The California State Assembly Democrats unveiled their updated 2021-2022 Budget of Opportunity, which comes on the heels of last week’s announcement from California State Senate Democrats of their Build Back Bolder budget outline. Both budget blueprints aligned on a number of key health care priorities, going above and beyond Governor Newsom’s January 2021 budget proposal, and would take major steps to close the remaining gaps in the uninsured, by eliminating barriers to needed coverage and care. Ultimately, the budget proposals by the Senate and Assembly will get our state closer than ever to our goal of universal health care coverage.
These legislative budget proposals would expand access and affordability for hundreds of thousands of Californians seeking coverage and care, and get our state closer to a universal health system for all. These health proposals would provide urgent help to California families, particularly for older Californians that were disproportionately impacted by the COVID-19 crisis. We applaud our legislative leaders of the Budget Committees for appropriately making health care a central plank of our state’s recovery from this public health and economic crisis.
Both the Assembly and the Senate highlighted Medi-Cal expansions to more income-eligible undocumented Californians as a top priority. This proposal was included in Governor Newsom’s January 2020 budget proposal, but was withdrawn due to a forecasted budget downturn that failed to materialize. Health and immigrant groups have been advocating for these expansions, starting with older Californians, as they are the most vulnerable population currently excluded from public coverage programs, and have been particularly at risk during the COVID-19 pandemic.
With all the health issues raised by the pandemic, the time is now to remove unfair exclusions to care in Medi-Cal based simply on where you were born. This public health crisis has only highlighted what we’ve long known – our health care system is stronger when everyone has access to comprehensive health care, and able to get the primary and preventative care they need. We urge Governor Newsom to make this vital investment in the health of our communities, to help us get out of this pandemic and create a better and more equitable health care system moving forward.
Another investment prioritized by the state Senate and Assembly, but not included in the Governor’s January proposal, is the effort to improve affordability in Covered California. While President Biden’s American Rescue Plan made some historic investments to bring down premiums for those who purchase care on their own, many Californians still cannot afford care in our high-cost of living state. Many cost barriers remain including high deductibles and other out-of-pocket cost sharing. By redirecting the affordability assistance California invested for premiums two years ago, we can lower these costs and attract more Californians into coverage.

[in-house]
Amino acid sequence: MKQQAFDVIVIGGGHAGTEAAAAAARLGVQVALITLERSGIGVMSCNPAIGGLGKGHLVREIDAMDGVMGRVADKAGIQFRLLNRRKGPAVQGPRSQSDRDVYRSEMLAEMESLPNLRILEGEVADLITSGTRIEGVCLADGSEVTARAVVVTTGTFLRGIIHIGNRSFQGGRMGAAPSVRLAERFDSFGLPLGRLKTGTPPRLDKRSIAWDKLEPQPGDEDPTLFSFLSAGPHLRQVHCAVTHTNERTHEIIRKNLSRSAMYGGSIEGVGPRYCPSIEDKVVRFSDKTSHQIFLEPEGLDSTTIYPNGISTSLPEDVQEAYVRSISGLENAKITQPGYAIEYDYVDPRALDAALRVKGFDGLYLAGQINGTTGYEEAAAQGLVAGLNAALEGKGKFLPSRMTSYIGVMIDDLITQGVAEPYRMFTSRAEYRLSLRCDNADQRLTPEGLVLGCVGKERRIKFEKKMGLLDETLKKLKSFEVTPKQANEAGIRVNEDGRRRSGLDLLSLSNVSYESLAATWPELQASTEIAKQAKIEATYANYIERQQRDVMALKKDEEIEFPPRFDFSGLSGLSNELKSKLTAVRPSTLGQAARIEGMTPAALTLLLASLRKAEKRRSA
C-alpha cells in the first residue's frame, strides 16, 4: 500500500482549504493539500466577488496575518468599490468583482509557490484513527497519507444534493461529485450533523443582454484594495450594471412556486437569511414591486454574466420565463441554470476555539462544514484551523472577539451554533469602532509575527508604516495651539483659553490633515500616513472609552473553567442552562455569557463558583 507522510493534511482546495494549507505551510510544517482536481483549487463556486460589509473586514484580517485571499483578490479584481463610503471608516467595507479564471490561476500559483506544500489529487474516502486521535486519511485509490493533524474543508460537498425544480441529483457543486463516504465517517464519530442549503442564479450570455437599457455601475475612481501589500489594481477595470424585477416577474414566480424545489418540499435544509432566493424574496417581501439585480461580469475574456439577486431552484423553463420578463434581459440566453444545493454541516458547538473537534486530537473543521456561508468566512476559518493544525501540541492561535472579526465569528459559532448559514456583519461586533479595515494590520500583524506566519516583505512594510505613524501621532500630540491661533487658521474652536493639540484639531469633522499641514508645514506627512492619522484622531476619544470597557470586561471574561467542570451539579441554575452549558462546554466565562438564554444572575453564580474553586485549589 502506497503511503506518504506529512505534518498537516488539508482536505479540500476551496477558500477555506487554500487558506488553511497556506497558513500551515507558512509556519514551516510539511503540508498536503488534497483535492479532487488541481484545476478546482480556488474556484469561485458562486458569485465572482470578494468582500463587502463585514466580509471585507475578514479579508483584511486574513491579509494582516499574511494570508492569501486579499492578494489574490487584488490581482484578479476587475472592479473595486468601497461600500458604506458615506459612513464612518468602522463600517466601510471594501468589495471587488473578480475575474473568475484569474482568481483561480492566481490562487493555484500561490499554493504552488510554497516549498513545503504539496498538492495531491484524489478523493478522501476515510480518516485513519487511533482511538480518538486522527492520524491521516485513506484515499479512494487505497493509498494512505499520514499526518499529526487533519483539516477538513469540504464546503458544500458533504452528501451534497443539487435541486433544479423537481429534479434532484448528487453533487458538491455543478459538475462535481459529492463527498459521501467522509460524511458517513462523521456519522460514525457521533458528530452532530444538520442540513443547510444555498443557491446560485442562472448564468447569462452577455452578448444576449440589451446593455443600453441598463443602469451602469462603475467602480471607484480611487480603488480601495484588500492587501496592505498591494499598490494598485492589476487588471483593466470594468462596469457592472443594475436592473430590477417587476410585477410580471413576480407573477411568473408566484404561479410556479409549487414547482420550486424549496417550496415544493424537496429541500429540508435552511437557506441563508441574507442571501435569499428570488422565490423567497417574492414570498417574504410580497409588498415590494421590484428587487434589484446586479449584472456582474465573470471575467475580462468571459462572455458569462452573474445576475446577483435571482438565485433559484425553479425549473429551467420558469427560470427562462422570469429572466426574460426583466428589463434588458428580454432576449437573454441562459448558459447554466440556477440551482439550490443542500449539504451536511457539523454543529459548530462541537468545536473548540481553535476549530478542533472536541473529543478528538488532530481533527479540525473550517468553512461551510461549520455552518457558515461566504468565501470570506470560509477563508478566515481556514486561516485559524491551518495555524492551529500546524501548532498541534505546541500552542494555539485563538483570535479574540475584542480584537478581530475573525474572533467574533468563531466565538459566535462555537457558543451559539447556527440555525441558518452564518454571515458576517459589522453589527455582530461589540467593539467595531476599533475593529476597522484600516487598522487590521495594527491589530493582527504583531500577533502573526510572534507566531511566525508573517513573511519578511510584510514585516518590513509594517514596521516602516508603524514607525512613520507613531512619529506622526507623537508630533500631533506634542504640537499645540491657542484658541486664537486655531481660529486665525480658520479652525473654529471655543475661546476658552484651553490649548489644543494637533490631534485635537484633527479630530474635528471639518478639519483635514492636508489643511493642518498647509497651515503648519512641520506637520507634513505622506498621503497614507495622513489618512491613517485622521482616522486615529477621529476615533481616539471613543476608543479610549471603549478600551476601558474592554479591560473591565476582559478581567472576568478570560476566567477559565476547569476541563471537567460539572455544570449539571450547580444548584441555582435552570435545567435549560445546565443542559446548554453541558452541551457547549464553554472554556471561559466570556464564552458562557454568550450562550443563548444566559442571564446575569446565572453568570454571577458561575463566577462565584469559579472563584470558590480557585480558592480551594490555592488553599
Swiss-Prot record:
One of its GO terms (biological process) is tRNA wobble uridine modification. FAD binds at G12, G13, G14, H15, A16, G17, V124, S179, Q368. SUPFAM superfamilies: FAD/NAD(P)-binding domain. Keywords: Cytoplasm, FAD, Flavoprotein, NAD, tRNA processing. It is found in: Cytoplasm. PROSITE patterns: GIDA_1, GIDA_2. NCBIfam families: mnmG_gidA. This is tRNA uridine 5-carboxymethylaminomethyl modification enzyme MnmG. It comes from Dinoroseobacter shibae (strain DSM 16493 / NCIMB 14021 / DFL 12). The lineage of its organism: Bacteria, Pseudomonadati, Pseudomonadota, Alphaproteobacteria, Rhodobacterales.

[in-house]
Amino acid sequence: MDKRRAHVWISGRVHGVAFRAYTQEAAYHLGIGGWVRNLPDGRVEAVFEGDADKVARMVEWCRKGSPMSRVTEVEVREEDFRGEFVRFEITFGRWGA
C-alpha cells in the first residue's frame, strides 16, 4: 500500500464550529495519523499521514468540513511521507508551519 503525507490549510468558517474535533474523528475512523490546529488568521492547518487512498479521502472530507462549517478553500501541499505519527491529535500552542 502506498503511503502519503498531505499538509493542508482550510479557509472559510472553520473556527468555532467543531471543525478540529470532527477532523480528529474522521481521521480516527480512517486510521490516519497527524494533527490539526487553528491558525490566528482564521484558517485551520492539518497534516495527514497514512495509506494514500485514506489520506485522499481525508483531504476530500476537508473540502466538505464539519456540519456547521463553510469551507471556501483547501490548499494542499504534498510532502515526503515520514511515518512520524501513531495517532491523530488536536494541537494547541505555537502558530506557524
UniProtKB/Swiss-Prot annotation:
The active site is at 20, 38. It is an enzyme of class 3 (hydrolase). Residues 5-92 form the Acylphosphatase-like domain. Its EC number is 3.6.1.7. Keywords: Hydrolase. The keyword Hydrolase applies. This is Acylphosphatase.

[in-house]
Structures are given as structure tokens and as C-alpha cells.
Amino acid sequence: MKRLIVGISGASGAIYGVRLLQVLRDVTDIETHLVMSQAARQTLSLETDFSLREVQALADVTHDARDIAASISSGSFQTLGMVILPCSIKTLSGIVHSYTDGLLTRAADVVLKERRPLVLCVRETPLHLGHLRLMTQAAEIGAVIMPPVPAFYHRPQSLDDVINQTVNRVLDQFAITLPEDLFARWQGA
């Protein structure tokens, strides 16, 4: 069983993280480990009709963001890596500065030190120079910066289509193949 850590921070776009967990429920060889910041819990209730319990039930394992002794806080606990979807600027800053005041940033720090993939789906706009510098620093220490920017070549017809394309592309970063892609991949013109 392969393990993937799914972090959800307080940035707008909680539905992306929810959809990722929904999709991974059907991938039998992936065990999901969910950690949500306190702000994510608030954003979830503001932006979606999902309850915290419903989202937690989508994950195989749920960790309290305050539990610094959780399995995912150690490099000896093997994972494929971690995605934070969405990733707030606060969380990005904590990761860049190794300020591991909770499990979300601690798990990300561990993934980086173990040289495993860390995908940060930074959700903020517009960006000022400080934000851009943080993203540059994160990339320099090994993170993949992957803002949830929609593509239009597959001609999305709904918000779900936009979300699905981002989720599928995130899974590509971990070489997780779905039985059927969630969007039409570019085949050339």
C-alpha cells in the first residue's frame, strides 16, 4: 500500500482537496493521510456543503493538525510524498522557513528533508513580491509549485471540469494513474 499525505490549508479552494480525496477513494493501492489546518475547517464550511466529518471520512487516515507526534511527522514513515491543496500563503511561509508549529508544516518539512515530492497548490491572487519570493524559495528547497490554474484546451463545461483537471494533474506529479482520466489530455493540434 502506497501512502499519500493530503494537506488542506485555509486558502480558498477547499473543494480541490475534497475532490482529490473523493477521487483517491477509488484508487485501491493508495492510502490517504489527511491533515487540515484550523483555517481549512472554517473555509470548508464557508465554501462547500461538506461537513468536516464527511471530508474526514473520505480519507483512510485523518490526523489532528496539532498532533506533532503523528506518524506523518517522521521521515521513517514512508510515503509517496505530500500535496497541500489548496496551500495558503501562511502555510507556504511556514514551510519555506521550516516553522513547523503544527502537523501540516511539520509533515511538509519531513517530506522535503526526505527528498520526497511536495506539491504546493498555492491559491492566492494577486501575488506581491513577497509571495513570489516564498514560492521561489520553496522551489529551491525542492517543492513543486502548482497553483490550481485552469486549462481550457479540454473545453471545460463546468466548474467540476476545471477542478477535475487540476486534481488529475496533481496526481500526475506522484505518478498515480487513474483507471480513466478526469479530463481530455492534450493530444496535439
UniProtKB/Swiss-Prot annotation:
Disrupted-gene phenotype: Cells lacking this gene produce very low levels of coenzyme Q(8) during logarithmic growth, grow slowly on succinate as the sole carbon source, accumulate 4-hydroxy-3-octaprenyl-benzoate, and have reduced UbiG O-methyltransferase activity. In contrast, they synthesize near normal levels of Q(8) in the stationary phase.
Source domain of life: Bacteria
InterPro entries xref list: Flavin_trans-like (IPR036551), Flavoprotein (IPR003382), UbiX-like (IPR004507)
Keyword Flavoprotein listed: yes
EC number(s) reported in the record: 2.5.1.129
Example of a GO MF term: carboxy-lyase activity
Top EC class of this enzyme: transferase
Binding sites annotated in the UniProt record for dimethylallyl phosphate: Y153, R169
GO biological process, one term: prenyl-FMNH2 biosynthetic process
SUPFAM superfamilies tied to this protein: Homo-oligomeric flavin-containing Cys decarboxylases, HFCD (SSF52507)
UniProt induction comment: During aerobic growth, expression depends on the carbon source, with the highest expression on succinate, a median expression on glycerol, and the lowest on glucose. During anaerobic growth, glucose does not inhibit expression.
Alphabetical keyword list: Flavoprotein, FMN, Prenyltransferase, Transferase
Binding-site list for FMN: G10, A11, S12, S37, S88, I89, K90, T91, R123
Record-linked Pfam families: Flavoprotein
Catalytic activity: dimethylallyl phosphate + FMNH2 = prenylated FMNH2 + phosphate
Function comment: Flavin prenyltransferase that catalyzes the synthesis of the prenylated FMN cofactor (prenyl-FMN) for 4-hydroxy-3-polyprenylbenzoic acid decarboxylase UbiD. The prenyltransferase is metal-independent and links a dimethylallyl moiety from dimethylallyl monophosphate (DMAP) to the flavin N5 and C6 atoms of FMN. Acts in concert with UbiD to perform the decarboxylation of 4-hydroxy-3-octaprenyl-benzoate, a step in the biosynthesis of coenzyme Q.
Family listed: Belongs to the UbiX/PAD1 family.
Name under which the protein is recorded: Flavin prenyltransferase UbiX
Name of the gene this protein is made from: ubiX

The out-of-pocket costs to consumers in our health care system remains a huge barrier to care, particularly in an expensive state like California where many have to choose between paying housing, food, and health care bills each month,” said Wright. “If we can redirect our existing state subsidies, reduce or even eliminate deductibles, and lower other cost-sharing, more Californians will be able to afford care and will seek the care they need without fear that they can’t pay the bill. Just as Governor Newsom led by piloting additional affordability assistance in Covered California, which lead to the new federal premium help across the country, California can again lead the nation on the issue of lowering deductibles and cost-sharing.
MEDI-CAL ASSETS TEST
Lastly, the Senate and Assembly both highlight the importance of eliminating the assets test in Medi-Cal that has for too long prevented some seniors from accessing Medi-Cal for having a small amount of savings. The proposal, also pending as SB 470 (Carillo), would expand access for seniors and people with disabilities, and allow them to have savings needed to deal with housing and other needs and emergencies.
Health care advocates praise the legislature for highlighting these health care priorities, and now look to the Governor’s May Revise to include these key investments as well, along with those the Governor has already committed to in the January budget, such as Cal-AIM reforms, improved vaccine distribution efforts, expanded Medi-Cal benefits, and creating a new Office of Health Care Affordability.
Health Access Factsheet: Expanding Affordability Assistance in Covered California